GUAYAQUIL, Ecuador – As word trickled out that an American medical team was traveling to their country to offer free surgeries, people grabbed their children and flocked to the large port city of Guayaquil any way they could.
Some arrived on horseback. Some traveled great distances by canoe.
And some, upon reaching the hospital, shed their clothing right in the hallways because they were so eager for doctors and nurses to examine their wounds.
For the medical team, which included seven people from Carle Foundation Hospital and Carle Clinic, it was a glaring contrast to what they typically see on the job.
"It puts everything in perspective," said Jeanne Murray, a Carle hospital nurse. "We have too much."
This trip to Ecuador in March was Murray's third mission with Operation Rainbow, a San Francisco-based organization that sends medical volunteers around the world to provide free plastic and orthopedic surgeries for needy children. The organization says it has treated more than 7,000 children since its start in 1978.
Dr. Michael Goldwasser, a Carle Clinic oral and maxillofacial surgeon, is a longtime Operation Rainbow volunteer who has been involved in 20 such trips – the first one to the Philippines when he was in college.
"Everyone who goes on this is in the health care profession for the right reason: to try and help others," he said. "Without the bureaucracy in America, they get to go somewhere and experience the pure pleasure of helping others."
One volunteer on the Ecuador trip, Nissa Habaradas, is a Carle hospital nurse who remembers such medical missions coming to her native Philippines. Habaradas said she vowed, if she ever became a nurse one day, that she would return the favor.
"It was my dream," she said.
Murray said she used a week of her vacation time for this trip and would do the same thing a fourth time because the kind of care she gets to deliver puts the rest of her daily life in perspective.
"You get addicted," she said.
She and others said they found extreme poverty and an overwhelming need for medical care among the people who came to them for help in Ecuador.
"They'd be stripping in the hallway to show you," Murray said.
"We had people showing up that came by canoe. They came by horse. They live way out in the country. These people have nothing," said Glenn Huff, a nurse manager at Carle hospital.
And though the doctors and nurses on the trip worked for free and there was no charge for the surgeries, some people still had to go back home without being helped because they couldn't pay the hospital's $15 charge.
"Even that ruled out some people," Murray said.
Huff said he saw the mission as both a challenge and a chance to help.
"I knew people in those countries didn't have an opportunity to have medical care and have very disfiguring problems," he said. "Some walk around with bandanas on their faces."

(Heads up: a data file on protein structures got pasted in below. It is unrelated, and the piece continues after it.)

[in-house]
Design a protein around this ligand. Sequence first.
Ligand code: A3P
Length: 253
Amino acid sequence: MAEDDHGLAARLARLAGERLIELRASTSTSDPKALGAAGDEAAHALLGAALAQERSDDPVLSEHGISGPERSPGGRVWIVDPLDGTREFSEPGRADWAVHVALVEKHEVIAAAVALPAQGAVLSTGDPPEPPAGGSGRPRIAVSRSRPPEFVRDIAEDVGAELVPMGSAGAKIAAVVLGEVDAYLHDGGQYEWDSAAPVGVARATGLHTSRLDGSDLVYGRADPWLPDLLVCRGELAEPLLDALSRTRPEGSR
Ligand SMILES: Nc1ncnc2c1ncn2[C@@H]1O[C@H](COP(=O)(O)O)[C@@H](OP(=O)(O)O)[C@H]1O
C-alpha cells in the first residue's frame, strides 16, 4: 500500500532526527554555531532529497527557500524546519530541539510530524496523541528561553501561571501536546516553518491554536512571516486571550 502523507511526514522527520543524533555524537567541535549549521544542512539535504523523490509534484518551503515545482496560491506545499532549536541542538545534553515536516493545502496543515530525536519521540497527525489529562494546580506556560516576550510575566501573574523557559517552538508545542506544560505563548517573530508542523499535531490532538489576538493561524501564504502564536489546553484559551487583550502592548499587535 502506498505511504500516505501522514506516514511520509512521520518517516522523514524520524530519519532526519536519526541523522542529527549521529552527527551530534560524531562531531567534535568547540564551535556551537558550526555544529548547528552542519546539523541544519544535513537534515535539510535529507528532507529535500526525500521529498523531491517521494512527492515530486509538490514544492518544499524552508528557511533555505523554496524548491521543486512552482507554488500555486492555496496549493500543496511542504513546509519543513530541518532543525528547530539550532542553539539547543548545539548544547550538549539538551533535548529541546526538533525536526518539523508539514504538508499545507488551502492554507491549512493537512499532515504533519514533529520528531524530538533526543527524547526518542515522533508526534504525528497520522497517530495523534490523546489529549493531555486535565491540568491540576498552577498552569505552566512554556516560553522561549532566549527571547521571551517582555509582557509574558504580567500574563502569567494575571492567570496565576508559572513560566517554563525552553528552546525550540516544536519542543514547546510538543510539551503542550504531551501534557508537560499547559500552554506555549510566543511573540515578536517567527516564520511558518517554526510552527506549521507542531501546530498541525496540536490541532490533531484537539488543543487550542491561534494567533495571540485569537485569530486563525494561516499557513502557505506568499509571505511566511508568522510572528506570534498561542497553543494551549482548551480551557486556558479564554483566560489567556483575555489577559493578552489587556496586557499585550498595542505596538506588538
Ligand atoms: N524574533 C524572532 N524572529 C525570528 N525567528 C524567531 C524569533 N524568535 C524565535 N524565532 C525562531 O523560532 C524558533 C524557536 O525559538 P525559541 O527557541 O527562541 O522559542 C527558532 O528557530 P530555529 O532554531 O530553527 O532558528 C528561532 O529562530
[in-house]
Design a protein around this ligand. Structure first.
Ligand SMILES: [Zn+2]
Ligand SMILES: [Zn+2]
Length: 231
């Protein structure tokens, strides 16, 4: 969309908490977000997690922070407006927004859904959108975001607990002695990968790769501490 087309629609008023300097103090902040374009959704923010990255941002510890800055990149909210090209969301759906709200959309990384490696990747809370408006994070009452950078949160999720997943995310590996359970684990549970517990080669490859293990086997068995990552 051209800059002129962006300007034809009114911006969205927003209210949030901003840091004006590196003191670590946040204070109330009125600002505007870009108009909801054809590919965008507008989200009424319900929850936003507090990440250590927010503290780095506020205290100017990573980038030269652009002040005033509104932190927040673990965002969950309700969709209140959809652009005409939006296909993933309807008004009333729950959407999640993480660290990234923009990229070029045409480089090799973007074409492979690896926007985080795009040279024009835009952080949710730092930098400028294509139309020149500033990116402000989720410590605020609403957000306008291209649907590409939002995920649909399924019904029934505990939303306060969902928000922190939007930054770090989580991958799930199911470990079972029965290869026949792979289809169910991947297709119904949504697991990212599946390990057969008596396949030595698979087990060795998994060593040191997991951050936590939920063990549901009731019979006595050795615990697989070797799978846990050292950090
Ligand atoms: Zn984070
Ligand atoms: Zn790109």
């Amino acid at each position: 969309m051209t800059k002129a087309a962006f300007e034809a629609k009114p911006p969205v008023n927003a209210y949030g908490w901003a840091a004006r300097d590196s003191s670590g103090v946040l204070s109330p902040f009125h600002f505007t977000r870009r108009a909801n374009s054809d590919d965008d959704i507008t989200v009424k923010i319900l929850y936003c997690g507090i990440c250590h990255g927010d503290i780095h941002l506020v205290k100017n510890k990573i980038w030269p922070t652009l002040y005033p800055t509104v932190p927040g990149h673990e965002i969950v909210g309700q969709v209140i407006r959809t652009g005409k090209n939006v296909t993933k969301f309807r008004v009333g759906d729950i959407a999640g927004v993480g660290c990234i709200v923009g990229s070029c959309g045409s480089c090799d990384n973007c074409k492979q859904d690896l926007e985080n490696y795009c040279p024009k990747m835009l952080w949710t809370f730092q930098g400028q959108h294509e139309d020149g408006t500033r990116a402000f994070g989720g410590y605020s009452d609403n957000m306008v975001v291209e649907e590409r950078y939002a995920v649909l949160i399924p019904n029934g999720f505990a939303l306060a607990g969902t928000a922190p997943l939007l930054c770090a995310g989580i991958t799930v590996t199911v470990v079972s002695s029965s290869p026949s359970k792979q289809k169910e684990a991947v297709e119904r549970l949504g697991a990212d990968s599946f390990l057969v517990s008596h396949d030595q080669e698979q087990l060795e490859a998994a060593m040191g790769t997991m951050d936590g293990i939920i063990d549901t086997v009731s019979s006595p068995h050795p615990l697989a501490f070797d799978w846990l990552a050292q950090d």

Young Moore, a Carle hospital nurse manager, said one woman told them she had to first earn money to rent a canoe to get to Guayaquil – and then make a three-hour trip in the canoe to get to that city. Another told them she had no money to buy a bottle to feed her crying baby.
Many of the children brought in by their parents for surgery were born with cleft lips or cleft palates, which cause difficulty speaking and eating as well as facial disfigurements.
When babies have such birth defects in the United States, plans are made from their birth to take care of the problem, Murray said. In Ecuador, such deformities are associated with folklore and the children's faces are covered up.
For Moore and Murray, one of the most memorable patients was a man who came in with a disfigured face and neck and was barely able to breathe because his mother-in-law had poured acid on him.
He'll need more surgeries, Moore said, adding, "We helped him a little."
One of the most stark contrasts she and others on the trip noticed was in hospital conditions. Even the poorest hospitals in the United States have better equipment and supplies, they said.
"Compared to here, it's minimum. We used supplies we'd never think of using here," Moore said. "I really had to utilize my nursing skills. Here we have equipment. There I had to go back to basics."
Moore also remembers how parents would cry and hug the doctors and nurses when they saw their children after the surgeries.
"They are constantly hugging you ... so grateful," she said.
Goldwasser said volunteers generally take a week of their vacation time or give up a week's pay to go on these missions, but the Carle Development Foundation's William S. Johnson Fund covers their travel and living expenses for the week.
Goldwasser said there's a steep learning curve for this kind of volunteer work, so he always mixes experienced volunteers with new ones on each trip he plans. He also offers the experience to medical people outside Carle, with the most recent trip including a doctor and a nurse from the Chicago area.
Goldwasser already is planning his next trip, which will be to Honduras in the fall, and, as always, expects he'll have more than enough volunteers.
"I could fill trips for the rest of my career. We have 50 people apply for every trip, and we take seven or eight," he said.
And many want to go back and help again.
"The rewards aren't financial," Huff said. "They're better."